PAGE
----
I'd like to add my vote for exactly what Phillip described. I lead a multi-discipline engineering team (as opposed to just software), and we have adapted several agile concepts to meet our needs. Rolling sub-task story points into the parent would be a huge plus for our team. Report generation at the end of a sprint is nearly useless without it.
Agreed with Phillip and Carl; our stories might involve multiple developers with different skillsets, so lower-level estimation would help us allocate work better during sprint planning.
Secondly, since our development work is highly unpredictable, we've found that estimation isn't meaningful at the story level, so we have to estimate at the task or sub-task level. Again, it would be nice to see the point level at the story level, or even at the epic level.
This avoids duplication and allows us to make higher-level strategic decisions on which epics and stories to pursue, without having to go through the manual process of summing the points and then, whenever the estimates change, propagating those changes all the way up.
+1 for Phillip's proposal.
I found a related issue on Atlassian's roadmap board for Jira Cloud: https://jira.atlassian.com/browse/JRACLOUD-70150?jql=project%20%3D%20JRACLOUD%20AND%20resolution%20%3D%20Unresolved%20AND%20text%20~%20%22sub-task%20estimation%22%20ORDER%20BY%20priority%20DESC%2C%20updated%20DESC
We may vote there as well so it is easier to give this issue more visibility.
And another +1 for this!
Current JIRA behaviour seems to assume that all sub-tasks for story are done by the same person. I bet this is not the case in at least 50% of JIRA use cases.
1) publishing a new web page on a web site needs:
2) building a smaller software product feature
(to keep it simple. Yes, for bigger things one would use Epics, but you don't want to have an Epic for everything. You just want to have JIRA configurable to give you "story points by assignee, regardless of whether the story point is on a story, task, or sub-task level".)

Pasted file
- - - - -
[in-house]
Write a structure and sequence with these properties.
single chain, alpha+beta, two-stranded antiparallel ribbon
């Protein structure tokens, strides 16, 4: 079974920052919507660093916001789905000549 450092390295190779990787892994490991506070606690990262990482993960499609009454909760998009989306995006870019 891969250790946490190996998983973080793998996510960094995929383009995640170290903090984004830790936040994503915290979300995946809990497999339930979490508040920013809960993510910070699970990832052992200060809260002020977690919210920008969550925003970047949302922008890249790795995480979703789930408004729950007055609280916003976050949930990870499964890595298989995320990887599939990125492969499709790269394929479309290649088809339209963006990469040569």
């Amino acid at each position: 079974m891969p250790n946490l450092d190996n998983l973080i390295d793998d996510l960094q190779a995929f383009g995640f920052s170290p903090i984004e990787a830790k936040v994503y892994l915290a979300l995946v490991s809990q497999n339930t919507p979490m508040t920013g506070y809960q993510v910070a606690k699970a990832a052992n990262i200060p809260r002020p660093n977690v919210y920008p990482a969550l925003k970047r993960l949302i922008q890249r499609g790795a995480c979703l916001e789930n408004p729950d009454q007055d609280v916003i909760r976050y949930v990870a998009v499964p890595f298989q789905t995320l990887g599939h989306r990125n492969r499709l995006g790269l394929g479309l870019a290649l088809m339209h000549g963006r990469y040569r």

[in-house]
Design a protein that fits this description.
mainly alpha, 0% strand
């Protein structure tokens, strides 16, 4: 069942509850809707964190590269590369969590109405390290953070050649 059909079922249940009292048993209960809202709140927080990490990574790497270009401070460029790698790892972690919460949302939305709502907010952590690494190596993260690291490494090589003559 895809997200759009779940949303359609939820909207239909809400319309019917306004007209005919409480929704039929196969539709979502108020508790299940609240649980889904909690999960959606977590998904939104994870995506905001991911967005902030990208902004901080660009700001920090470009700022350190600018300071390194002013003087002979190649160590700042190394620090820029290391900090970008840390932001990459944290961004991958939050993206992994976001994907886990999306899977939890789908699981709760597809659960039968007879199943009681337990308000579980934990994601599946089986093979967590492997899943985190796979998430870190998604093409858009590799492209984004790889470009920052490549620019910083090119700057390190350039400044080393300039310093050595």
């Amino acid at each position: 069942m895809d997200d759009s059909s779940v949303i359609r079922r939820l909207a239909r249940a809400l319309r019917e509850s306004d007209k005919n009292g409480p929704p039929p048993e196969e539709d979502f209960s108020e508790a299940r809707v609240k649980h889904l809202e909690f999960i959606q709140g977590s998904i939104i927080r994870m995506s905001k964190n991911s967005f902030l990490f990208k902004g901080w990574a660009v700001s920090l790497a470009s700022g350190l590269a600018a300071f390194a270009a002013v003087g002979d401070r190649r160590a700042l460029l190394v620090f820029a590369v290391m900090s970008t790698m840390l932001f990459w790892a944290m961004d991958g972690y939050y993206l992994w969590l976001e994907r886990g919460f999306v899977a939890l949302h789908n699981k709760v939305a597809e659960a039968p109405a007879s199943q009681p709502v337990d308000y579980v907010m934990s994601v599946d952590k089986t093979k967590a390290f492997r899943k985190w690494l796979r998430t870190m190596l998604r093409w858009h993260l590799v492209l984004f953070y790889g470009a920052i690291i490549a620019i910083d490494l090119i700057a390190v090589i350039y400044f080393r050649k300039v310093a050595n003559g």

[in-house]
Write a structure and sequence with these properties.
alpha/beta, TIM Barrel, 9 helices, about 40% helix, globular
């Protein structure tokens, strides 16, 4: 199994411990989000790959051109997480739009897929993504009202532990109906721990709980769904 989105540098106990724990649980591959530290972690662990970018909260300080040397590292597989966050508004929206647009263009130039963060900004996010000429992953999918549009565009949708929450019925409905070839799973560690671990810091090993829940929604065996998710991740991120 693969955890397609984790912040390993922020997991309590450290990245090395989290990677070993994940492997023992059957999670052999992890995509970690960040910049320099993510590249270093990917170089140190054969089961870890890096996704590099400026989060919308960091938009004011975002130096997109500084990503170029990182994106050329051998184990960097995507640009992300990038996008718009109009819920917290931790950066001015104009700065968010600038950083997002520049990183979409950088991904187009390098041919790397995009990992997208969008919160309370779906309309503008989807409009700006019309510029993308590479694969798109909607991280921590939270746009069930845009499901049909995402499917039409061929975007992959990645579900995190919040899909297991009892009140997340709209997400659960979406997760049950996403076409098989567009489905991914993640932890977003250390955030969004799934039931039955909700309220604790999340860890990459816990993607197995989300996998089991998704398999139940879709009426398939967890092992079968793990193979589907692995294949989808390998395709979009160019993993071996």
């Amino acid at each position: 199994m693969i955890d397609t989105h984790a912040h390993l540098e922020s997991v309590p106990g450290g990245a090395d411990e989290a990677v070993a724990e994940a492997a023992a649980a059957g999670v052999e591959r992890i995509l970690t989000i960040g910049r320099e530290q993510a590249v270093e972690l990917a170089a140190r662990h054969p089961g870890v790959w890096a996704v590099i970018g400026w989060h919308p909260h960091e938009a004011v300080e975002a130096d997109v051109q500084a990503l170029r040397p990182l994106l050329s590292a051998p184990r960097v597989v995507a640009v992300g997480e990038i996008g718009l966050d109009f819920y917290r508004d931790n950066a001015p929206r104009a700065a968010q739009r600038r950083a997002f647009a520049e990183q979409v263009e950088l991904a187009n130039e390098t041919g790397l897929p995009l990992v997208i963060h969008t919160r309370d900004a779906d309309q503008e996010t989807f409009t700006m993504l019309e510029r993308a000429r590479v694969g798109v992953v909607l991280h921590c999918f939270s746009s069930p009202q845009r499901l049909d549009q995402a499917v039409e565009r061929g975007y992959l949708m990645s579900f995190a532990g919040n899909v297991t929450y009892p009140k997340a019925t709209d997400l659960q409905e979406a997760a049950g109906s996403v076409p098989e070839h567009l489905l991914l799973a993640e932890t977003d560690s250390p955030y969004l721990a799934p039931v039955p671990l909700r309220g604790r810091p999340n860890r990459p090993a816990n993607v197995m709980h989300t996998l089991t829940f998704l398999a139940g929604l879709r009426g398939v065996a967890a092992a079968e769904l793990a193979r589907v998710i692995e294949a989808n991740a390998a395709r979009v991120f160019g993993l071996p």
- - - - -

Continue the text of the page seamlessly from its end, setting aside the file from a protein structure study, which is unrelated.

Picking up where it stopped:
Btw. I've seen the same request in N other threads here. I see Nic responding in more or less the same fashion in all those threads. The main reactions being "You are using JIRA wrong", "It is not designed to work like that" and such. If there are so many people asking for this exact same thing, and numerous example in those threads illustrate there is a real need for this, then I would imagine/hope Atlassian would listen. Users (customers!) are giving you valuable feedback when they invest themselves by spending their time describing the missing functionality.
So, after hearing the same request over and over again for all these years, is Jira finally going to start listening? Simply summing subtask points, time estimates, and time totals with the values in the story, presenting the read-only total next to the corresponding entry fields in the story, and including that total in all higher level totals would clearly and simply address every use case: just clear the values entered in the story/subtask if you want something simpler. And yes, I've drunk the Agile estimation kool-aid, but it's fallacious to argue that you can't sum story points in this use case, when that's exactly what you do to determine when a sprint is fully booked!